We recap a few of 2016’s most meaningful aviation milestones.
A lot has happened in the world of aviation this year. From industry-changing scientific advancements to the passing of legends, we wanted to take a moment to look back at everything 2016 brought to our skies. The beginning of the year saw a new take on an old classic with the XCub. Fast, slick, and more »
A new study reveals just how common depression and thoughts of suicide might be in pilots.
We now know more than ever about the incidence of depression in pilots and its impacts on their performance, thanks to a ground-breaking study by researchers at Harvard. The findings were eye-opening. Depression is an ugly word when it comes to flying. A clinical diagnosis has a very real impact on a person’s ability to more »
The FAA has a few things to say about decorating for the holidays.
It’s that time again. Across the country, people are putting up their Christmas lights, the bigger, the better. In the past few years, low-level laser light displays have become increasing popular. They are inexpensive, festive, and easy to set up. The problem: a laser light display accidentally aimed too high runs the risk of hitting more »
AOPA awards flight training scholarships to a very special group of people.
Everybody says that we need more young people involved in aviation, but is anybody doing anything about it? Actually, yes. As part of its You Can Fly High School Aviation Initiative, AOPA has awarded $105,000 in scholarship money to 21 high school students from across the country. The students, ranging in age from 15 to more »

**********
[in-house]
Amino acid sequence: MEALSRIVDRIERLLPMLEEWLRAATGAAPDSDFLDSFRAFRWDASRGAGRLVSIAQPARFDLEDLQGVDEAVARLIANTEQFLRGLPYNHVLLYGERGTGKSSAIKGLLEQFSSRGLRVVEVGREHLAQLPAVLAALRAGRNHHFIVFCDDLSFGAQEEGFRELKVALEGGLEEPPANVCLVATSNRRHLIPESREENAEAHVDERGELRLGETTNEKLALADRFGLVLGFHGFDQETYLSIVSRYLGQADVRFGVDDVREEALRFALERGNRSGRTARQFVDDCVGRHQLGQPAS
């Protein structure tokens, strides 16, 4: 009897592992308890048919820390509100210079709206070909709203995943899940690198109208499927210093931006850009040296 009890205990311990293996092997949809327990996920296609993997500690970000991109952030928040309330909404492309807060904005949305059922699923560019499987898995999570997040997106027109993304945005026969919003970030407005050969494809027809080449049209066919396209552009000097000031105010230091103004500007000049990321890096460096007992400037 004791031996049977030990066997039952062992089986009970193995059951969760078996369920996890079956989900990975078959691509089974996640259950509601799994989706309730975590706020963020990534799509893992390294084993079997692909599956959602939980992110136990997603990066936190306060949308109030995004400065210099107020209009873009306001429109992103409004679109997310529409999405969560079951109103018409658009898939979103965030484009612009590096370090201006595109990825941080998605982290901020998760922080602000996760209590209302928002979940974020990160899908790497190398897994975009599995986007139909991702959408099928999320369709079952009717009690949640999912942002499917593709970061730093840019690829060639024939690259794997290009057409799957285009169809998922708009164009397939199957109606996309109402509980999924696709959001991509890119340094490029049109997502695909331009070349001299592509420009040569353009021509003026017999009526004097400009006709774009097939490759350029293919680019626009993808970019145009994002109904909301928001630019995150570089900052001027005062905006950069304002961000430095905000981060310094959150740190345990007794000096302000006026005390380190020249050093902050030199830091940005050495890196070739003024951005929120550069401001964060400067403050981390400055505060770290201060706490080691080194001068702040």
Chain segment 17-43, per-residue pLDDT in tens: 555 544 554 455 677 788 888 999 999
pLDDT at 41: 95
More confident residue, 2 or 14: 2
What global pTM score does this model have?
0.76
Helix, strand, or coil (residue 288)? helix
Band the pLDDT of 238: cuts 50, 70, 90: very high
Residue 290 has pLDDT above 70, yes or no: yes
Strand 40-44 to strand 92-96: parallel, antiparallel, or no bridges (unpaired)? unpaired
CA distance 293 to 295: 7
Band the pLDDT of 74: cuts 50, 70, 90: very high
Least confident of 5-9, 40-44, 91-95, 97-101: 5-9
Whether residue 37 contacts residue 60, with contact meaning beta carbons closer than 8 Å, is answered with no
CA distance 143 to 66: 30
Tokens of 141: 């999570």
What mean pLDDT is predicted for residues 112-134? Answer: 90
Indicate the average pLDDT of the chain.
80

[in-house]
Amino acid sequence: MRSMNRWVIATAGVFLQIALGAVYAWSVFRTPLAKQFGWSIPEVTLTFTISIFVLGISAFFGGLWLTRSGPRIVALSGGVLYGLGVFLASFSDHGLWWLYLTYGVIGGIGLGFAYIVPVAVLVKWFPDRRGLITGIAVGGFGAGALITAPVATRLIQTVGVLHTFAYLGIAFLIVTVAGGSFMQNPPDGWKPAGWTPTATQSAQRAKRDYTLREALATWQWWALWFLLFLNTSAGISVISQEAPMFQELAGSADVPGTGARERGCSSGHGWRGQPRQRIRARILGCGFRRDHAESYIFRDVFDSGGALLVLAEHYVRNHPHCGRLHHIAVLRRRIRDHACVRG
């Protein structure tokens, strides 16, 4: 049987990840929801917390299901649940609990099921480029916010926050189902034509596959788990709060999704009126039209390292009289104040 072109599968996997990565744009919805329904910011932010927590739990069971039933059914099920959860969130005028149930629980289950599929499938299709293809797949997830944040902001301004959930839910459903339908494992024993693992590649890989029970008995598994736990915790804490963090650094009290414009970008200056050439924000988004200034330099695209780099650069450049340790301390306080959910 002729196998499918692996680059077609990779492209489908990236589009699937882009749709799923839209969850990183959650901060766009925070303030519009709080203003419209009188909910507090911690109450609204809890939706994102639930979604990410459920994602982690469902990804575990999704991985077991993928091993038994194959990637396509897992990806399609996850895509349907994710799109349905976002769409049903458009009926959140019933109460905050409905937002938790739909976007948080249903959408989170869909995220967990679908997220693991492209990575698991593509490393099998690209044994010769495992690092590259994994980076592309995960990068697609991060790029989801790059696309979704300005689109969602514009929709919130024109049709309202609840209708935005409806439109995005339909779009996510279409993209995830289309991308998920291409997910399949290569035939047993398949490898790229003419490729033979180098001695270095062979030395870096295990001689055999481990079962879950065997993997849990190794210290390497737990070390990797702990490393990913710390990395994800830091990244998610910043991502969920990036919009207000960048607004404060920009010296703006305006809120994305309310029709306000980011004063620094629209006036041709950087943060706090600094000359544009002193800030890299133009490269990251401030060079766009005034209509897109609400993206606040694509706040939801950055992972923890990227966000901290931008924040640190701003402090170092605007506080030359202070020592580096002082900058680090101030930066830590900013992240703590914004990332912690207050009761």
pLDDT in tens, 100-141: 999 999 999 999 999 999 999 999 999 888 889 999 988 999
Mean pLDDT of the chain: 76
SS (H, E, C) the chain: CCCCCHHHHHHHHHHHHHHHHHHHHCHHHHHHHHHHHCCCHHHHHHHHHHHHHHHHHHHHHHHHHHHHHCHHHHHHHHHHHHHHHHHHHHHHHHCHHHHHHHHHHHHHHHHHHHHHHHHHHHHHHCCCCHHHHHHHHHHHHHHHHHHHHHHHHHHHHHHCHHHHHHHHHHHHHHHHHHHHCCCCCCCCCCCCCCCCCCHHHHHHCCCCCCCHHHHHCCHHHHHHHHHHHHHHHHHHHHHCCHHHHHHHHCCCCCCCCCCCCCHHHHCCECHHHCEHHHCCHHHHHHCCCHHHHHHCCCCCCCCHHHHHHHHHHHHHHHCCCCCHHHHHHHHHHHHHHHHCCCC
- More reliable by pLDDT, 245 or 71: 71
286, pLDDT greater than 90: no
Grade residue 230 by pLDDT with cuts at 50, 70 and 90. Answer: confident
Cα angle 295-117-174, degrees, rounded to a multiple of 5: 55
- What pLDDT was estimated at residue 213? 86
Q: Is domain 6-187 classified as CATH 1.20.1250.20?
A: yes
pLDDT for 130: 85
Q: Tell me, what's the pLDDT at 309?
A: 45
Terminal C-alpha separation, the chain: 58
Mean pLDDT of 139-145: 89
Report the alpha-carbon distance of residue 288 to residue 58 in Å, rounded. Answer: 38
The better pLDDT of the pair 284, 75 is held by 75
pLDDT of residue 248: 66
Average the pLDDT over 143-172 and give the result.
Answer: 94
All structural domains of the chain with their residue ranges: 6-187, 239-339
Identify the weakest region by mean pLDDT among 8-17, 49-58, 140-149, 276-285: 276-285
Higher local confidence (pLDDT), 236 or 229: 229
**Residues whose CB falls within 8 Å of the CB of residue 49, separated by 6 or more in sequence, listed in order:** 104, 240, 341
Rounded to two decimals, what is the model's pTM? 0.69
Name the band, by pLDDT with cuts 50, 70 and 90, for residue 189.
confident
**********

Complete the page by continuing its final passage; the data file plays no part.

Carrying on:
This year, Santa is flying a PC-12, at least for deliveries in Colorado.
The Colorado Aviation Business Association has partnered with the Veterans of Foreign Wars to airlift more than 23,000 pounds of donated goods to rural communities across the state over the past five years. This year, they did it again, delivering a monumental 10,000 pounds of food and toys in their 6th Charity Airlift. Goods were more »
B-15 Bomber Worn by U.S. Air Force pilots and air crews in the 1940s, the B-15 jacket was designed for cold temperatures, with a Mouton fur collar, 100% wool knit waistband and cuffs (with a later move to nylon), and tabs to hold the pilot’s oxygen mask and to keep headset wires in place. Alpha more »
From SiriusXM, the people who created affordable weather in the cockpit for general aviation, comes a brand-new product, a compact, rugged and powerful rechargeable receiver that connects via Bluetooth to your iPad or iPhone. The new receiver has the catchy name of the SXAR1 Aviation Receiver, but like me, you’ll probably wind up referring to more »
AOPA’s popular Regional Fly-ins add an extra day of activities for their 2017 events.
After two successful years of one-day AOPA Regional Fly-ins, the organization has decided to expand them. There will still be four fly-ins, beginning April 28-29 in Camarillo, CA, but this year each event will be a two-day affair. AOPA plans to add more activities, workshops, and learning opportunities for attendees. Workshops will be held on more »
New Mexico Aviation Aerospace Association holds its annual Career Expo to bring students and aerospace industry together.
For the fourth year running, the New Mexico Aviation Aerospace Association held their Career Expo in Alamogordo, NM. The event took place at Hollman Air Force Base and is held each year to promote careers and training in New Mexico aerospace and aviation industries. By giving students a chance to experience the range and richness more »